Remer, T., et al. (1999). "Increased risk of iodine deficiency with vegetarian nutrition." Br J Nutr 81(1): 45-49.
Observational studies primarily based on diet questionnaires or food records have reported that vegetarians can have a very low I intake. However, analytically ascertained data on the possible degree of I deficiency with this form of diet is lacking. Six healthy adult volunteers participated in the present controlled experimental diet study carried out in four separate 5 d diet periods. The study diets, normal, protein-rich, lactovegetarian, and repeat of the initial normal diet, were almost isoenergetic and contained no fish, sea food, iodized salt or processed foods fortified with I. During the last 48 h of each diet period two 24 h urine samples were obtained from each subject. I analyses were performed in the urine samples and in representative samples taken from all ingested diets. Urinary I excretion was significantly lower with the lactovegetarian diet (36.6 (SD 8.8) micrograms/d) than with the normal and the protein-rich diets (50.2 (SD 14.0) and 61.0 (SD 8.0) micrograms/d respectively). Accordingly, a markedly reduced I intake was confirmed analytically for the lactovegetarian diet (15.6 micrograms/d v. 35.2 and 44.5 micrograms/d respectively). Our results provide experimental confirmation of literature findings indicating that I supply is higher with non-vegetarian than with vegetarian diets. Specifically, the extremely low intake and urinary output of I as analytically determined for one exemplary vegetarian diet, demonstrate that dietary I may be limiting when strict forms of vegetarian dietary practices (no iodized salt, no I supplements) are followed. The present study is, therefore, the first diet-experiment-based pointer to the potential danger of I deficiency disorders due to strict forms of vegetarian nutrition, especially when fruits and vegetables grown in soils with low I levels are ingested.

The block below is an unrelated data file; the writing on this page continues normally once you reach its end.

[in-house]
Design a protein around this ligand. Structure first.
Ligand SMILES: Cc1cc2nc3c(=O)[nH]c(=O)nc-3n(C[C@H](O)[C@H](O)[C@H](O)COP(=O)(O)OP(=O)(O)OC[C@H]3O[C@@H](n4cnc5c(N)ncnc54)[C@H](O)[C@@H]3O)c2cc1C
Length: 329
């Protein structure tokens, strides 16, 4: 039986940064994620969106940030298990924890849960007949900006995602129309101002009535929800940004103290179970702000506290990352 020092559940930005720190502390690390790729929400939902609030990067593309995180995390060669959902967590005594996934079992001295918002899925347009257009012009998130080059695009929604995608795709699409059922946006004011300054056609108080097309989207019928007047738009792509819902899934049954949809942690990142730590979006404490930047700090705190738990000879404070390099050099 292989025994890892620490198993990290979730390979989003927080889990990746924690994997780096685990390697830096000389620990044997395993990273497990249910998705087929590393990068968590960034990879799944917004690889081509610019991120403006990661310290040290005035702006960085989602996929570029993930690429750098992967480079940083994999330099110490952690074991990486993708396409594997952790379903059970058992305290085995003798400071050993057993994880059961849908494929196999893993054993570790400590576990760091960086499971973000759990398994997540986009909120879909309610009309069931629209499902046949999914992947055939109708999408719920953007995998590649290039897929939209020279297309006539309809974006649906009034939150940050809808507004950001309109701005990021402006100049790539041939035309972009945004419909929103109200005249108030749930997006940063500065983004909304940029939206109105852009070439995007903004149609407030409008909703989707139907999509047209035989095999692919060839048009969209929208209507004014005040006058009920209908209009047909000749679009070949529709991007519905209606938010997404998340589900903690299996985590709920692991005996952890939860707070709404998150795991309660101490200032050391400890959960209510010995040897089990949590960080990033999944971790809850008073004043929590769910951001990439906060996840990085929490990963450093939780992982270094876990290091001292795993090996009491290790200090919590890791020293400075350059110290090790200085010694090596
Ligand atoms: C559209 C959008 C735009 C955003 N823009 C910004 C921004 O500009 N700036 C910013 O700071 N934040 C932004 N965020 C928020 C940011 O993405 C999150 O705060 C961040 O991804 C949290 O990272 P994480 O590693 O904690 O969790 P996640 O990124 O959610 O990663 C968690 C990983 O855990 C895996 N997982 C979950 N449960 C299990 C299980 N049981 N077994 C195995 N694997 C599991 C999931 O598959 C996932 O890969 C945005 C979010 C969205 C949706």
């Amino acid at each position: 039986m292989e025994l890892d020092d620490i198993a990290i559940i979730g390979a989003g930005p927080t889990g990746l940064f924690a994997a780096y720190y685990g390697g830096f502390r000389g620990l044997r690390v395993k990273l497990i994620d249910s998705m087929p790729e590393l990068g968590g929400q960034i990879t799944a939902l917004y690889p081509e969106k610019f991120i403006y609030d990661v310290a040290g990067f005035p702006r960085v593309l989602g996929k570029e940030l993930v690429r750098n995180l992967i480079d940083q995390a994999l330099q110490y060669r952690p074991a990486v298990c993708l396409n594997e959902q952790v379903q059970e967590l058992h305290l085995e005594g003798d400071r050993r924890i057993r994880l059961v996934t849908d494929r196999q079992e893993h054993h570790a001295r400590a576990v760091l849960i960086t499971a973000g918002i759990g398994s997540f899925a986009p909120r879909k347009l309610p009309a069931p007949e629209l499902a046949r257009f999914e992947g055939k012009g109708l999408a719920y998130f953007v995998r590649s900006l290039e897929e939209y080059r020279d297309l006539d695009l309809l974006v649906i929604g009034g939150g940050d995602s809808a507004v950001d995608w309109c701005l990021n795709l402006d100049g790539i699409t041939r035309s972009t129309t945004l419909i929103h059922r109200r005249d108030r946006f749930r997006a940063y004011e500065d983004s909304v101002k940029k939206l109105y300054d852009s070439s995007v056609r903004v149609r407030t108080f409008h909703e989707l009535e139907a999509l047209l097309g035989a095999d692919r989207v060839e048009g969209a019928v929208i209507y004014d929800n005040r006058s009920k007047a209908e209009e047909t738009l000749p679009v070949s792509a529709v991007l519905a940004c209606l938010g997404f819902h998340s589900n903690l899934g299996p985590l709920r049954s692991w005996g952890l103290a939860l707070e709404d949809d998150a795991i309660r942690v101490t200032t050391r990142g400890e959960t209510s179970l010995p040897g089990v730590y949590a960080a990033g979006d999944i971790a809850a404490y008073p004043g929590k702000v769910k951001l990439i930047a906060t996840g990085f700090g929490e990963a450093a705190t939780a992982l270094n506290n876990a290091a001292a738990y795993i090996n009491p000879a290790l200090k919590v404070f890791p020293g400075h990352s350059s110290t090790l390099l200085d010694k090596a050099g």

Renault, F., et al. (1999). "Neuropathy in two cobalamin-deficient breast-fed infants of vegetarian mothers." Muscle Nerve 22(2): 252-254.
We describe the electrophysiological findings in 2 infants with deficient cobalamin intake. After normal development, psychomotor regression appeared after the 6th month, leading to severe hypotonia and apathy before the 12th month. Electrodiagnostic evaluation showed sensory neuropathy in both cases, associated with motor neuropathy in 1 case. Thus, in an acquired floppy infant syndrome, electrophysiological signs of peripheral neuropathy contributed to the diagnosis of a curable metabolic disorder.
Rudkin, C. L. (1999). "Vegetarian diet planning for adolescents with diabetes." Pediatr Nurs 25(3): 262-266.
Adolescents with insulin dependent diabetes mellitus (IDDM) who choose to be vegetarian have complex nutritional needs because of their continued physical growth and development, their participation in strenuous activities, and their need to consume sufficient carbohydrates to match their insulin doses. Since diet control is a cornerstone of diabetes management, the adolescent who chooses a vegetarian diet may cause their parents needless anxiety. Nurses working with these adolescents can provide support and guidance and liaison with the endocrinologist, nutritionist or dietitian, and diabetic educator. Although adolescent diabetic vegetarians have not been studied extensively as a population, facts about nutrition and diabetes can be used to assist in meal planning. A complete growth and nutritional assessment must be done to search for any problem areas. If protein dense flesh food is eliminated and a largely carbohydrate diet is consumed, there are additional areas of concern in regulating insulin needs. Blood glucose should be monitored very carefully during diet changes. Vegetarian girls with diabetes also should be carefully monitored for the adequacy of their diet because they may be at risk of developing an eating disorder.